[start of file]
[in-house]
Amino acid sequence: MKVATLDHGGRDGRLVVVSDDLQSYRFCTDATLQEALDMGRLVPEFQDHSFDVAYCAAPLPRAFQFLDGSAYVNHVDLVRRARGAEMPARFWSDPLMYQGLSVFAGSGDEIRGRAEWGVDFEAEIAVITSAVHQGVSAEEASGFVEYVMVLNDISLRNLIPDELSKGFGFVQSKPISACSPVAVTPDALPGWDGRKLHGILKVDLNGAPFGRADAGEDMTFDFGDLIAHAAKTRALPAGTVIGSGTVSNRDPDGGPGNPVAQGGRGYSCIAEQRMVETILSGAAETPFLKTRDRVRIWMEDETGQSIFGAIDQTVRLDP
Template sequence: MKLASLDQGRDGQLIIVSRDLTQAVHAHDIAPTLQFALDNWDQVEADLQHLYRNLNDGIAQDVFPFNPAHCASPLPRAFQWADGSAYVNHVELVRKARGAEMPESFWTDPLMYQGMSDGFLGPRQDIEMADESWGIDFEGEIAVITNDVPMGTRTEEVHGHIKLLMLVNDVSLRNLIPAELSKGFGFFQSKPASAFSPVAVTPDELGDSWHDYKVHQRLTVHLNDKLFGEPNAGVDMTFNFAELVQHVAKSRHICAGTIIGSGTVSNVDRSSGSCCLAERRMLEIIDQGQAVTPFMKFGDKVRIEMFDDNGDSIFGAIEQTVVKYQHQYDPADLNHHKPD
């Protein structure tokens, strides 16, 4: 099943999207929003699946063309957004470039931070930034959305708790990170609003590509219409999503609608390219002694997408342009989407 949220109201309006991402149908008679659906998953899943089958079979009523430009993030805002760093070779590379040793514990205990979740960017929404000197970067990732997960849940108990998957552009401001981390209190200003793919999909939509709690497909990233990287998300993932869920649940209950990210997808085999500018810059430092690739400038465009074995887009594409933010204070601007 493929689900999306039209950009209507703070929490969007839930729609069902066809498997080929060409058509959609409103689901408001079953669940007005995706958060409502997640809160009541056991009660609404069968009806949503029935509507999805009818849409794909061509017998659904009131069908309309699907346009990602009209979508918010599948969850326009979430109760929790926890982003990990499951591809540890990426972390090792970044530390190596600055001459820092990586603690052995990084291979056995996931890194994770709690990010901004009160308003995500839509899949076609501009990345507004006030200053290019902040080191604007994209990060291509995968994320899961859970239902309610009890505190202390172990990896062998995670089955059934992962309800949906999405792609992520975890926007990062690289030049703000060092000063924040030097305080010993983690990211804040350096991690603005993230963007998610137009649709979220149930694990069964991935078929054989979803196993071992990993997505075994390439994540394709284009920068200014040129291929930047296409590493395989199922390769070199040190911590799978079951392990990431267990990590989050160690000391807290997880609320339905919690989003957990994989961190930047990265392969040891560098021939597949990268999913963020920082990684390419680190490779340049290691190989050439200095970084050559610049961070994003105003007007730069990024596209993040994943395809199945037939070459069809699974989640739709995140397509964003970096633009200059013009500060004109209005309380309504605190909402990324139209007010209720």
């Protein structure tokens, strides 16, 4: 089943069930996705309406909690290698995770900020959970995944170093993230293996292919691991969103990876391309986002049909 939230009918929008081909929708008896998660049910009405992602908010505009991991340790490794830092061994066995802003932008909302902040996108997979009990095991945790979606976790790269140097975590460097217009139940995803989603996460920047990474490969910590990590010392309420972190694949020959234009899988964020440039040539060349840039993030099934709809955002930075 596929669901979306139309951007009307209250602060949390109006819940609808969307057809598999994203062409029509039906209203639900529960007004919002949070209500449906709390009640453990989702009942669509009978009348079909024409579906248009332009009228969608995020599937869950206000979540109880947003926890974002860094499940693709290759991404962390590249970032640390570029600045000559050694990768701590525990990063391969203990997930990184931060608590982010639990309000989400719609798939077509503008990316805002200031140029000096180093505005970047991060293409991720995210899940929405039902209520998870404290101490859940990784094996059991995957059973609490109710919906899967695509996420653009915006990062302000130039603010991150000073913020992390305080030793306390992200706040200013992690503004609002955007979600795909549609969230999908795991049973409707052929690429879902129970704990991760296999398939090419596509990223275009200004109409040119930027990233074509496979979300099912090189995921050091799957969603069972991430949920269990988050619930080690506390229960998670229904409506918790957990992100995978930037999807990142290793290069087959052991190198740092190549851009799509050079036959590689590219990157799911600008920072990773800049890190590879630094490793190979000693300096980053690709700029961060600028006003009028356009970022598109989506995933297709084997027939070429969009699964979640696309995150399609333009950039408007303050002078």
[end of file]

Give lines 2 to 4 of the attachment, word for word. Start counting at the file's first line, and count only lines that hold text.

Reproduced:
Amino acid sequence: MKVATLDHGGRDGRLVVVSDDLQSYRFCTDATLQEALDMGRLVPEFQDHSFDVAYCAAPLPRAFQFLDGSAYVNHVDLVRRARGAEMPARFWSDPLMYQGLSVFAGSGDEIRGRAEWGVDFEAEIAVITSAVHQGVSAEEASGFVEYVMVLNDISLRNLIPDELSKGFGFVQSKPISACSPVAVTPDALPGWDGRKLHGILKVDLNGAPFGRADAGEDMTFDFGDLIAHAAKTRALPAGTVIGSGTVSNRDPDGGPGNPVAQGGRGYSCIAEQRMVETILSGAAETPFLKTRDRVRIWMEDETGQSIFGAIDQTVRLDP
Template sequence: MKLASLDQGRDGQLIIVSRDLTQAVHAHDIAPTLQFALDNWDQVEADLQHLYRNLNDGIAQDVFPFNPAHCASPLPRAFQWADGSAYVNHVELVRKARGAEMPESFWTDPLMYQGMSDGFLGPRQDIEMADESWGIDFEGEIAVITNDVPMGTRTEEVHGHIKLLMLVNDVSLRNLIPAELSKGFGFFQSKPASAFSPVAVTPDELGDSWHDYKVHQRLTVHLNDKLFGEPNAGVDMTFNFAELVQHVAKSRHICAGTIIGSGTVSNVDRSSGSCCLAERRMLEIIDQGQAVTPFMKFGDKVRIEMFDDNGDSIFGAIEQTVVKYQHQYDPADLNHHKPD
């Protein structure tokens, strides 16, 4: 099943999207929003699946063309957004470039931070930034959305708790990170609003590509219409999503609608390219002694997408342009989407 949220109201309006991402149908008679659906998953899943089958079979009523430009993030805002760093070779590379040793514990205990979740960017929404000197970067990732997960849940108990998957552009401001981390209190200003793919999909939509709690497909990233990287998300993932869920649940209950990210997808085999500018810059430092690739400038465009074995887009594409933010204070601007 493929689900999306039209950009209507703070929490969007839930729609069902066809498997080929060409058509959609409103689901408001079953669940007005995706958060409502997640809160009541056991009660609404069968009806949503029935509507999805009818849409794909061509017998659904009131069908309309699907346009990602009209979508918010599948969850326009979430109760929790926890982003990990499951591809540890990426972390090792970044530390190596600055001459820092990586603690052995990084291979056995996931890194994770709690990010901004009160308003995500839509899949076609501009990345507004006030200053290019902040080191604007994209990060291509995968994320899961859970239902309610009890505190202390172990990896062998995670089955059934992962309800949906999405792609992520975890926007990062690289030049703000060092000063924040030097305080010993983690990211804040350096991690603005993230963007998610137009649709979220149930694990069964991935078929054989979803196993071992990993997505075994390439994540394709284009920068200014040129291929930047296409590493395989199922390769070199040190911590799978079951392990990431267990990590989050160690000391807290997880609320339905919690989003957990994989961190930047990265392969040891560098021939597949990268999913963020920082990684390419680190490779340049290691190989050439200095970084050559610049961070994003105003007007730069990024596209993040994943395809199945037939070459069809699974989640739709995140397509964003970096633009200059013009500060004109209005309380309504605190909402990324139209007010209720």